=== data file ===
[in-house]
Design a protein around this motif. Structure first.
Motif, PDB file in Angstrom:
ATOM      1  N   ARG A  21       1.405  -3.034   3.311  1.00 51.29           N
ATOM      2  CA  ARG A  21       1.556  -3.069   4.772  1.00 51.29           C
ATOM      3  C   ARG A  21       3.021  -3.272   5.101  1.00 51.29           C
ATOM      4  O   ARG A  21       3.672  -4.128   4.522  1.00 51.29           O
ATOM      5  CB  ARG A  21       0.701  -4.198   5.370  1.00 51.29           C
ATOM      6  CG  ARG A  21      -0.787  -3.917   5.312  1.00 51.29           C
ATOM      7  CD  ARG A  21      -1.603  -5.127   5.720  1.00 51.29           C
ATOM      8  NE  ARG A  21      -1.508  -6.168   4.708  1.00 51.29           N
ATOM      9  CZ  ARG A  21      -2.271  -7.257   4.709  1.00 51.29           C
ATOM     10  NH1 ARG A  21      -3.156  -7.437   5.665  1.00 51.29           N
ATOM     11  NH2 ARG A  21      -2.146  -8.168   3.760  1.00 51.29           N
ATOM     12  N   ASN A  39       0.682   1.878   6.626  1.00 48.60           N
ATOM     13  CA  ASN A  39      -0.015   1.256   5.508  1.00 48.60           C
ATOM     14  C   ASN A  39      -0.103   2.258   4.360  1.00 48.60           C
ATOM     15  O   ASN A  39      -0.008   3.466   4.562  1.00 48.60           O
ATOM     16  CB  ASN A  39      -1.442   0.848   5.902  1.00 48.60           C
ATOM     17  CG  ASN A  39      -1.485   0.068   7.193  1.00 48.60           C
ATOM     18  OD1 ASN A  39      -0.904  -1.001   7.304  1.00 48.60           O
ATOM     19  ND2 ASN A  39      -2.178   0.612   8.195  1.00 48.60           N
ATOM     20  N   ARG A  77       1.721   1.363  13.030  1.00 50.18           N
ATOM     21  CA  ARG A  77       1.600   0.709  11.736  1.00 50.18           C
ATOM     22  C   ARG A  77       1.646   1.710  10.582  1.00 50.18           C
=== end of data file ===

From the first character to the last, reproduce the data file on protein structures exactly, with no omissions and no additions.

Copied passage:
[in-house]
Design a protein around this motif. Structure first.
Motif, PDB file in Angstrom:
ATOM      1  N   ARG A  21       1.405  -3.034   3.311  1.00 51.29           N
ATOM      2  CA  ARG A  21       1.556  -3.069   4.772  1.00 51.29           C
ATOM      3  C   ARG A  21       3.021  -3.272   5.101  1.00 51.29           C
ATOM      4  O   ARG A  21       3.672  -4.128   4.522  1.00 51.29           O
ATOM      5  CB  ARG A  21       0.701  -4.198   5.370  1.00 51.29           C
ATOM      6  CG  ARG A  21      -0.787  -3.917   5.312  1.00 51.29           C
ATOM      7  CD  ARG A  21      -1.603  -5.127   5.720  1.00 51.29           C
ATOM      8  NE  ARG A  21      -1.508  -6.168   4.708  1.00 51.29           N
ATOM      9  CZ  ARG A  21      -2.271  -7.257   4.709  1.00 51.29           C
ATOM     10  NH1 ARG A  21      -3.156  -7.437   5.665  1.00 51.29           N
ATOM     11  NH2 ARG A  21      -2.146  -8.168   3.760  1.00 51.29           N
ATOM     12  N   ASN A  39       0.682   1.878   6.626  1.00 48.60           N
ATOM     13  CA  ASN A  39      -0.015   1.256   5.508  1.00 48.60           C
ATOM     14  C   ASN A  39      -0.103   2.258   4.360  1.00 48.60           C
ATOM     15  O   ASN A  39      -0.008   3.466   4.562  1.00 48.60           O
ATOM     16  CB  ASN A  39      -1.442   0.848   5.902  1.00 48.60           C
ATOM     17  CG  ASN A  39      -1.485   0.068   7.193  1.00 48.60           C
ATOM     18  OD1 ASN A  39      -0.904  -1.001   7.304  1.00 48.60           O
ATOM     19  ND2 ASN A  39      -2.178   0.612   8.195  1.00 48.60           N
ATOM     20  N   ARG A  77       1.721   1.363  13.030  1.00 50.18           N
ATOM     21  CA  ARG A  77       1.600   0.709  11.736  1.00 50.18           C
ATOM     22  C   ARG A  77       1.646   1.710  10.582  1.00 50.18           C